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July 1959

Ocular Manifestations of Occlusive Disease of the Vertebral-Basilar Arterial System

Author Affiliations

Rochester, Minn.
Fellow in Ophthalmology, Mayo Foundation (Dr. Minor); Section of Ophthalmology (Dr. Kearns); Section of Neurology (Drs. Millikan and Siekert), and Section of Pathologic Anatomy (Dr. Sayre), Mayo Clinic and Mayo Foundation. The Mayo Foundation, Rochester, Minn., is a part of the Graduate School of the University of Minnesota.

AMA Arch Ophthalmol. 1959;62(1):84-96. doi:10.1001/archopht.1959.04220010088010

Ocular symptoms and signs occur frequently in occlusive disease of the vertebralbasilar arterial system. Now that treatment has been improved and has been found useful in selected cases, careful studies and exact diagnoses assume more than academic interest in the management of cerebrovascular disease. Ocular symptoms develop in a number of patients with insufficiency within this vascular system as the initial or primary manifestation of their disease. Therefore, the ophthalmologist must be thoroughly familiar with this vascular disorder.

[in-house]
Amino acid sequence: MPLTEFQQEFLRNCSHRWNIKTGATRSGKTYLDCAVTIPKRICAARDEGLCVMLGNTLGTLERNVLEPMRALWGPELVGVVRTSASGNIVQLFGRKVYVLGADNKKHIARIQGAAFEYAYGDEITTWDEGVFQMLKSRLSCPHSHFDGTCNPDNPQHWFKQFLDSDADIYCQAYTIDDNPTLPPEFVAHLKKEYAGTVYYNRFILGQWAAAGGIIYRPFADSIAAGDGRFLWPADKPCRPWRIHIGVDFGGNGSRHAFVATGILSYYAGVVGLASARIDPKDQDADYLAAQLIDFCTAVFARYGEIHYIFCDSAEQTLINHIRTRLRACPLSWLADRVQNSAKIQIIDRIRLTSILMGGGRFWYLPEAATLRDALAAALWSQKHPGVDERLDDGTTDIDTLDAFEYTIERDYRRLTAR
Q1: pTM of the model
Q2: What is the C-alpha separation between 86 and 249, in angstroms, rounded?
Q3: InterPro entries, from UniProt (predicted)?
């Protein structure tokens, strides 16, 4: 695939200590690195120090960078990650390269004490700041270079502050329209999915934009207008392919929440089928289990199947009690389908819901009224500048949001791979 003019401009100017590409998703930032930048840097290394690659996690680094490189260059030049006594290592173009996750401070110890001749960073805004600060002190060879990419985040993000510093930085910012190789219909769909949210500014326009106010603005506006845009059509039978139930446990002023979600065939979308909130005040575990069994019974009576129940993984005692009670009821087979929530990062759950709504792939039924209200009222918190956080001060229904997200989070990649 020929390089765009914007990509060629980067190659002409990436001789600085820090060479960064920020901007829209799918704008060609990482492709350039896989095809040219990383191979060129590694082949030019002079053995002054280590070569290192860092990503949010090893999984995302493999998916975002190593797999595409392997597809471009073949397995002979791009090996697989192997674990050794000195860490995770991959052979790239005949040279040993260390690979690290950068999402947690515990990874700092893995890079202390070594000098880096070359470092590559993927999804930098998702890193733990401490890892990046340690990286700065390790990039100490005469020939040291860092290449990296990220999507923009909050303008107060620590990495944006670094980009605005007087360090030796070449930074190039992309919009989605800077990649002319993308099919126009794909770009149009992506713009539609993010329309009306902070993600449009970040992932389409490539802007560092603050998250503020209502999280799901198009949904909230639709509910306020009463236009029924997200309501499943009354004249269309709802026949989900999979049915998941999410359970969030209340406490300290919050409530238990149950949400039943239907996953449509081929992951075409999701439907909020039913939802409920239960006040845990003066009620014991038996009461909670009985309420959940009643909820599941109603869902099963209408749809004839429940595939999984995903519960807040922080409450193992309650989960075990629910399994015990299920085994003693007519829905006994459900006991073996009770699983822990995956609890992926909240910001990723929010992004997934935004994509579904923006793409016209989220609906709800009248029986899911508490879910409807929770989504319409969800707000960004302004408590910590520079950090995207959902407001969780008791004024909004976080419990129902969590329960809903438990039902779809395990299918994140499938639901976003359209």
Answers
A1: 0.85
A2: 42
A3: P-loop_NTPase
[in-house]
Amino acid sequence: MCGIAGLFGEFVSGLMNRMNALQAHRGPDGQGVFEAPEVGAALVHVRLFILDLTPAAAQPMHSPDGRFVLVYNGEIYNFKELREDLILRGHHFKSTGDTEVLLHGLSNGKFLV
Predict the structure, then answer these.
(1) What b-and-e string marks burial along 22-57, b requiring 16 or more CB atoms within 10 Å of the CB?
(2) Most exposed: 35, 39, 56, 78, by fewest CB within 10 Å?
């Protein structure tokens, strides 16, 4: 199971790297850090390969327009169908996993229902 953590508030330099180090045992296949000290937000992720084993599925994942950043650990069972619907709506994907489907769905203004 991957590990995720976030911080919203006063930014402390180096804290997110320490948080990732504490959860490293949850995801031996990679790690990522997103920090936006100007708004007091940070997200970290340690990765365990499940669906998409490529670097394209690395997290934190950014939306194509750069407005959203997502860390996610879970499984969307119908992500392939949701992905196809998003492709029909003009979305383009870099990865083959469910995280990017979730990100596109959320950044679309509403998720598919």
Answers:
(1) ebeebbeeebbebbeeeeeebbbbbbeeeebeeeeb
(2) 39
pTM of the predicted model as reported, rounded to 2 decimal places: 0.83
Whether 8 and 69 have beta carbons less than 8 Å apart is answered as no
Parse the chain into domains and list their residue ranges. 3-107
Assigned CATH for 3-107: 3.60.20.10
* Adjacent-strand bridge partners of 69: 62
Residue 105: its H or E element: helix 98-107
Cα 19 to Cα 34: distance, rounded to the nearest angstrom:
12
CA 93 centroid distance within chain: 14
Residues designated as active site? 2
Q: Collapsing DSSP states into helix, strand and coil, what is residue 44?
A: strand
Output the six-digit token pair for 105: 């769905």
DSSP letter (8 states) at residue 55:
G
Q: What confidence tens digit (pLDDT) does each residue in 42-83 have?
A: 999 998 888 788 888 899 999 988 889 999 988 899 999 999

In previous publications,19,25 the term "syndrome of intermittent insufficiency of the basilar arterial system" was introduced. As used in the present report, "insufficiency of the vertebral-basilar arterial system" is a clinical diagnosis made on the basis of recurrent transient episodes of focal neurologic impairment resulting from periods of inadequate blood flow through the vertebral, basilar, and posterior cerebral arteries and their branches. The symptoms include various combinations of dizziness, vertigo, blurred

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